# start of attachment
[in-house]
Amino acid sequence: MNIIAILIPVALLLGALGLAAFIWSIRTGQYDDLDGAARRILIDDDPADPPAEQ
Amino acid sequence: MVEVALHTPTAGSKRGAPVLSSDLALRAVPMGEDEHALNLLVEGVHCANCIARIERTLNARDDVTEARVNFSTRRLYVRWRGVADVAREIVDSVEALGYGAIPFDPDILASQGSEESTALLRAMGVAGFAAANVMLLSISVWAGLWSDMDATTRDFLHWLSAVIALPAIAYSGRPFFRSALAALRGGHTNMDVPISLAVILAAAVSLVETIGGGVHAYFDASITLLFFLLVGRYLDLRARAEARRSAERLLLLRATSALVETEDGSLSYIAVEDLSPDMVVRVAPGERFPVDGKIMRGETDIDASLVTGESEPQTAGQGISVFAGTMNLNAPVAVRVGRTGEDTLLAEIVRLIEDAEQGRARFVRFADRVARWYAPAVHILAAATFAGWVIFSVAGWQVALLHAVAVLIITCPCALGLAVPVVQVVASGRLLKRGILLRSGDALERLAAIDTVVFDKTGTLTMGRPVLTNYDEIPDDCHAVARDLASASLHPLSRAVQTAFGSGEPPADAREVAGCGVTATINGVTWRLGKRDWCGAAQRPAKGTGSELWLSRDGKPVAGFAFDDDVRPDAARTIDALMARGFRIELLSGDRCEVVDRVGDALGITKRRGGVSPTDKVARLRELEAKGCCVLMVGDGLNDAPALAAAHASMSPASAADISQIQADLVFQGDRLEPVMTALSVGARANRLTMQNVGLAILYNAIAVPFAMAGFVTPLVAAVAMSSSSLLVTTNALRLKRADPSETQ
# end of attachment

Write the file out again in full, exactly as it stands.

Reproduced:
[in-house]
Amino acid sequence: MNIIAILIPVALLLGALGLAAFIWSIRTGQYDDLDGAARRILIDDDPADPPAEQ
Amino acid sequence: MVEVALHTPTAGSKRGAPVLSSDLALRAVPMGEDEHALNLLVEGVHCANCIARIERTLNARDDVTEARVNFSTRRLYVRWRGVADVAREIVDSVEALGYGAIPFDPDILASQGSEESTALLRAMGVAGFAAANVMLLSISVWAGLWSDMDATTRDFLHWLSAVIALPAIAYSGRPFFRSALAALRGGHTNMDVPISLAVILAAAVSLVETIGGGVHAYFDASITLLFFLLVGRYLDLRARAEARRSAERLLLLRATSALVETEDGSLSYIAVEDLSPDMVVRVAPGERFPVDGKIMRGETDIDASLVTGESEPQTAGQGISVFAGTMNLNAPVAVRVGRTGEDTLLAEIVRLIEDAEQGRARFVRFADRVARWYAPAVHILAAATFAGWVIFSVAGWQVALLHAVAVLIITCPCALGLAVPVVQVVASGRLLKRGILLRSGDALERLAAIDTVVFDKTGTLTMGRPVLTNYDEIPDDCHAVARDLASASLHPLSRAVQTAFGSGEPPADAREVAGCGVTATINGVTWRLGKRDWCGAAQRPAKGTGSELWLSRDGKPVAGFAFDDDVRPDAARTIDALMARGFRIELLSGDRCEVVDRVGDALGITKRRGGVSPTDKVARLRELEAKGCCVLMVGDGLNDAPALAAAHASMSPASAADISQIQADLVFQGDRLEPVMTALSVGARANRLTMQNVGLAILYNAIAVPFAMAGFVTPLVAAVAMSSSSLLVTTNALRLKRADPSETQ